IRONMAN confirm THREE Age-Group doping positives from Kona 2018

Chief Correspondent

Another one THREE bite the dust. You’ve been (drug) busted…

Four year bans for three 2018 Kona Age-Group athletes

Doping in the news again, this time with three athletes – all Age-Groupers – busted at the 2018 IRONMAN World Championship in Kona, following news revealed by the IRONMAN Anti-Doping program.

All three athletes were tested pre-competition in Hawaii (the first the athlete will know about the test is typically when they arrive at registration to collect their envelope, find they are on ‘the list’ at the registration desk and then have no escape…), something that has happened for many years now.

The announcement also confirms:

“The resolution and announcement of these three anti-doping rule violations conclude IRONMAN’s Results Management for all in- and out-of-competition testing that occurred at the 2018 IRONMAN World Championship triathlon.”

From that, you can infer that all other tests, Pro and Age-Group, did not result in further positive tests which will result in sanctions being issued.

Here are the athletes involved:

  • Flavia Rocha (Brazil) – F45-49 – multiple anabolic steroids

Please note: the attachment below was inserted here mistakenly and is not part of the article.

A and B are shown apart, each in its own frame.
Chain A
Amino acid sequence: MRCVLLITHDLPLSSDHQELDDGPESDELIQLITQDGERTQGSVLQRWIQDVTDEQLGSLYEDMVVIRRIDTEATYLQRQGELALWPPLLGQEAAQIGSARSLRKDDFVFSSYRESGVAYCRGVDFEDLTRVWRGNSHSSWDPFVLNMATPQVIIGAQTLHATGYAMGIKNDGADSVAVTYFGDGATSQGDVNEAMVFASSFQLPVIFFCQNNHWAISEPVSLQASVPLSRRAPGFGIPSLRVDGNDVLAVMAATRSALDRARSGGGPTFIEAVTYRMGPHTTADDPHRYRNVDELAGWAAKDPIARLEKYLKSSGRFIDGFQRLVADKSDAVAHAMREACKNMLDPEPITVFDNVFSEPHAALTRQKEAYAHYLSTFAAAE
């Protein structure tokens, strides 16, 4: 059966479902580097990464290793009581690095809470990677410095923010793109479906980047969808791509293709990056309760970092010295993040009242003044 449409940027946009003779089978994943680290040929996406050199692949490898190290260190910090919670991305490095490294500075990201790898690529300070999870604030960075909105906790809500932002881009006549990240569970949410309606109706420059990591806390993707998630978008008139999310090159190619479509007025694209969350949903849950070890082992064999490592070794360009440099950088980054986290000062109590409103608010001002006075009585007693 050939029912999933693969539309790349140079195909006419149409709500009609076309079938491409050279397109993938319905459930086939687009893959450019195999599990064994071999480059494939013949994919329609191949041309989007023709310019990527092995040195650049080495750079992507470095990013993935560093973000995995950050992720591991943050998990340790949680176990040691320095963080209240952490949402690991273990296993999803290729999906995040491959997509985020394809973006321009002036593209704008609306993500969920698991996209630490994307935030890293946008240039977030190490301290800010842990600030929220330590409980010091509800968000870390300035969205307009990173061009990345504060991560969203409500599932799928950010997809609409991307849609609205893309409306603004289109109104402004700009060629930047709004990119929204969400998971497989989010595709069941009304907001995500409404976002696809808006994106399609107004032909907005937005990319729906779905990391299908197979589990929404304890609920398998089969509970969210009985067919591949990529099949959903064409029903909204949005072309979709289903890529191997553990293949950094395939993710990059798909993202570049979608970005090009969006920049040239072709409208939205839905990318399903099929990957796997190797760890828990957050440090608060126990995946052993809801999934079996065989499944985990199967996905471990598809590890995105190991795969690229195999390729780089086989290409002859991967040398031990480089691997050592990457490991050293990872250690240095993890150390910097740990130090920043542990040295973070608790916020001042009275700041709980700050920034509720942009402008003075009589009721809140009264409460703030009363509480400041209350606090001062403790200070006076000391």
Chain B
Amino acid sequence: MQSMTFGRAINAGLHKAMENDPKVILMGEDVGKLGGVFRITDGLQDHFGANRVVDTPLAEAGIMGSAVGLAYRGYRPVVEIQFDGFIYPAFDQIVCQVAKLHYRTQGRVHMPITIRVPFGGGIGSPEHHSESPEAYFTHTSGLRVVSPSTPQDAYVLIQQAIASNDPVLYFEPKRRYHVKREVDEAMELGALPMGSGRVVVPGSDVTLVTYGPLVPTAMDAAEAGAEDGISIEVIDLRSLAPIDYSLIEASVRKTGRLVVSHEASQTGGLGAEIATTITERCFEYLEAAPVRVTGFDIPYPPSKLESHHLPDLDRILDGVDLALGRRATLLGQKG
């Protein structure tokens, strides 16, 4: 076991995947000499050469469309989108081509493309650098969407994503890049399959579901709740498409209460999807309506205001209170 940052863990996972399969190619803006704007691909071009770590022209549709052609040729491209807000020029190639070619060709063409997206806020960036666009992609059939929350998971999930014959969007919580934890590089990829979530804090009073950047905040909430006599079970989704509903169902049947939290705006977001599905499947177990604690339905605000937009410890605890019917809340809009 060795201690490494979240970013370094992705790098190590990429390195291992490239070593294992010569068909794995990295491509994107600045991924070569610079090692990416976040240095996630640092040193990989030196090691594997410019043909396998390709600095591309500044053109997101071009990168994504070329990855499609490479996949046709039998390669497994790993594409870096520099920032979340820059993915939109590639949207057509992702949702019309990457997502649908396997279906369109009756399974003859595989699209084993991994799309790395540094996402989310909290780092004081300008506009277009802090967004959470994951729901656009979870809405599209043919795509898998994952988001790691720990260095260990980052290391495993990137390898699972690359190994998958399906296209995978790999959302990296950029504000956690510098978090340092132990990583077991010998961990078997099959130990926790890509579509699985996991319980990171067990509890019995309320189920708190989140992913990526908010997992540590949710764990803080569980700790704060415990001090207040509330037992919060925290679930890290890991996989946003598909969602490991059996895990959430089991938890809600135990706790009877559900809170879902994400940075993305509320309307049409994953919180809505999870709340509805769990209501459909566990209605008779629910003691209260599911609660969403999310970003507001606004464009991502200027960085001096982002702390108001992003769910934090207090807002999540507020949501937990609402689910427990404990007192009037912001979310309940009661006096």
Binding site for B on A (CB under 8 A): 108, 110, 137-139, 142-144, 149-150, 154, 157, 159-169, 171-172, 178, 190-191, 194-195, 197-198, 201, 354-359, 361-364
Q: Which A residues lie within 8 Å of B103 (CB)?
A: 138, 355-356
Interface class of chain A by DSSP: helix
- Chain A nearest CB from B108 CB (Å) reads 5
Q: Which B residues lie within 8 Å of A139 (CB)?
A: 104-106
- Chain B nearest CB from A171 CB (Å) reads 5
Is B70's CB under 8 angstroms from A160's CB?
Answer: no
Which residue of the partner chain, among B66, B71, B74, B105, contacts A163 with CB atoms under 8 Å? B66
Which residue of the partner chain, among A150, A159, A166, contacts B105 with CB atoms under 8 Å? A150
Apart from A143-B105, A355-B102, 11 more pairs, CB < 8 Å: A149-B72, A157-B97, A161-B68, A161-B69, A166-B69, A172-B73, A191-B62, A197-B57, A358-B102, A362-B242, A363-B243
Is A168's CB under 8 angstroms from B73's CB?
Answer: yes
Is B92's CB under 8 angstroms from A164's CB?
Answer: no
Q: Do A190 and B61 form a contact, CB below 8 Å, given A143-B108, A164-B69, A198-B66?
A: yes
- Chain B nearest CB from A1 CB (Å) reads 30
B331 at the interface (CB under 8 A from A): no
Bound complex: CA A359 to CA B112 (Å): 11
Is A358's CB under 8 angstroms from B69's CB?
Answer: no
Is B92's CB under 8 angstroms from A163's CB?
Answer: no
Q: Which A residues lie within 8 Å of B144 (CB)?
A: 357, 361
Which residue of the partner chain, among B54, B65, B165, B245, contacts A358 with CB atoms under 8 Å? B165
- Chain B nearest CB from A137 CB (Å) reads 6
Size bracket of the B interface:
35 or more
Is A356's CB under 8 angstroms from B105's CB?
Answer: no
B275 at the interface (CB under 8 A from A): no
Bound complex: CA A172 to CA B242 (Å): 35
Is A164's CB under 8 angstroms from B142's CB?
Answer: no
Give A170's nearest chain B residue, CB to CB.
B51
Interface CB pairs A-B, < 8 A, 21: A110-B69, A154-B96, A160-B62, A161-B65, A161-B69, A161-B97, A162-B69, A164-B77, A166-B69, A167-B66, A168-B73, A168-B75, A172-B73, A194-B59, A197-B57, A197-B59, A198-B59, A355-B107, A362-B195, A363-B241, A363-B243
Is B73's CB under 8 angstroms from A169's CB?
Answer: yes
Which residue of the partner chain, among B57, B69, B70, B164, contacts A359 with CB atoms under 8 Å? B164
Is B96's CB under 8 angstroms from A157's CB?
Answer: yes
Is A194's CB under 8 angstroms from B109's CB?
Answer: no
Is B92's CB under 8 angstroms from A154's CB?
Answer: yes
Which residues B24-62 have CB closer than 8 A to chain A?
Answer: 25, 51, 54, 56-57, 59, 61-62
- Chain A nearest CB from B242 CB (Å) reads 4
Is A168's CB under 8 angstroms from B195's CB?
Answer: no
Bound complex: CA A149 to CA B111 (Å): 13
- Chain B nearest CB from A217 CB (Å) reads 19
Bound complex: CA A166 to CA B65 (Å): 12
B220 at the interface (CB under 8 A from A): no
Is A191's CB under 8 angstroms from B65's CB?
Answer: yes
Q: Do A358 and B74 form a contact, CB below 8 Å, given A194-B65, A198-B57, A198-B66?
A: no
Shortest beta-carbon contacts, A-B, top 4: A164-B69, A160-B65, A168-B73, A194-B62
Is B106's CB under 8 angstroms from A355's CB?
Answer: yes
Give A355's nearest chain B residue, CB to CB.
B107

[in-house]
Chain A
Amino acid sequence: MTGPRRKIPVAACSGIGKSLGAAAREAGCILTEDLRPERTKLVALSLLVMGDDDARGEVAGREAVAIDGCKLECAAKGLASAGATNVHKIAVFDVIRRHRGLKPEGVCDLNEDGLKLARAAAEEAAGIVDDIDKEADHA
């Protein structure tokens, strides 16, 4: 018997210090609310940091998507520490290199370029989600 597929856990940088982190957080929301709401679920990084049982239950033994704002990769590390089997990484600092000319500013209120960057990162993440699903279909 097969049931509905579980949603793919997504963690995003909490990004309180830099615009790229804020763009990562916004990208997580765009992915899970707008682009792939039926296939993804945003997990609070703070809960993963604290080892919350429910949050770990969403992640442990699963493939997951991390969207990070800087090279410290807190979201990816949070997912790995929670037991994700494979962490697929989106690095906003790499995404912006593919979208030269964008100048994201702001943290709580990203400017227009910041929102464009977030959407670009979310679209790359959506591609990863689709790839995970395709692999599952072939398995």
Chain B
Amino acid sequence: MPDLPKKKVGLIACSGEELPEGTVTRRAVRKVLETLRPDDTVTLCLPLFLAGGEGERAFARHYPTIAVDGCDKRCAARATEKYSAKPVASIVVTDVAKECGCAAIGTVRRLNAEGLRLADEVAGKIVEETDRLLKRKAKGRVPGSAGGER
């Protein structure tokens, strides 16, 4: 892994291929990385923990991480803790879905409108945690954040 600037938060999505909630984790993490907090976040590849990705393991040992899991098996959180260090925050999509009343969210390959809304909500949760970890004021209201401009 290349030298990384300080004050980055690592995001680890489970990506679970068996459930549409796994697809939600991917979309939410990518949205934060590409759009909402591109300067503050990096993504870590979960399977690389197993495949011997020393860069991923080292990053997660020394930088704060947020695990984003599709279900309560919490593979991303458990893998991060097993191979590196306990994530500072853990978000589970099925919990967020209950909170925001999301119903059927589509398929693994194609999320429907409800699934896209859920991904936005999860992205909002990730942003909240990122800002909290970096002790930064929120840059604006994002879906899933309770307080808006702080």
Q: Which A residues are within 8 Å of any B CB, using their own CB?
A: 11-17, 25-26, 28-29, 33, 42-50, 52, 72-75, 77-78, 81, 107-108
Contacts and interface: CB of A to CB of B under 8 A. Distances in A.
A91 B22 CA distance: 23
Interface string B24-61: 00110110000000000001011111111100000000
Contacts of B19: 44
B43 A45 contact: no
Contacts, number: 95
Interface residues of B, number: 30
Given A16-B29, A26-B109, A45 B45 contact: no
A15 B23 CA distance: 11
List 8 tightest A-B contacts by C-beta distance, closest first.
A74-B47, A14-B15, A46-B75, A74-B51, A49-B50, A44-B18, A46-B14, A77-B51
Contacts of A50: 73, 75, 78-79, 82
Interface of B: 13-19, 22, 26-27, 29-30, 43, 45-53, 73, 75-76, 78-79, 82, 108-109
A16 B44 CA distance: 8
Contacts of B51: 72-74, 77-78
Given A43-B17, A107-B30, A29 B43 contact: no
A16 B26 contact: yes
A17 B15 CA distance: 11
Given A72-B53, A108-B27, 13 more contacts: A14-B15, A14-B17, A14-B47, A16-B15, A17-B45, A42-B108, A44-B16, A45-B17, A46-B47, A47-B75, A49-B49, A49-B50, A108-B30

• Pablo Escalas (Argentina) – M50-54 – multiple anabolic steroids
  • Eduardo Solis (Costa Rica) – M45-49 – multiple anabolic steroids, EPO, CERA and more…

Flavia Rocha finished 46th (of 81) in a time of 11:43:08 in her division.

Pablo Escalas did not finish in Hawaii in 2018 (but did finish second in M50-54 in 2016).

Eduardo Solis – as far as I can make out through lots of searching – appears not to have started the race. Perhaps he knew the writing was on the wall, following his selection for the pre-competition drug testing pool…?

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Information is power?

While not specific to these three athletes, the news release does reference the IRONMAN approach to testing including, “targeting athletes using intelligence and information to inform our testing strategies”, something which WAS specifically referred to in this recent case at IRONMAN 70.3 Marbella. It would not surprise me at all if one or more of these sanctions has been achieved directly as a result of a similar intelligence approach.

Testing is working?

Every year I have interesting conversations with people about Age-Group drug testing in Kona. The usual assumption is that ‘at venue’ testing (be it pre-competition in race week (where all three athletes above were caught), or in-competition, immediately post-race), is not going to work because “people are not stupid enough to turn up glowing!”. I do see the logic in that thought process – but it would appear that there are a lot of stupid people out there.

Looking back through the current IRONMAN sanctions listing, identifies positives tests regularly at Kona:

  • 2018 – Thee (as above)
  • 2017 – Two (Rabanal and Moats)
  • 2016 – One (Carta – for refusing a test!)
  • 2014 – One (Fusco)

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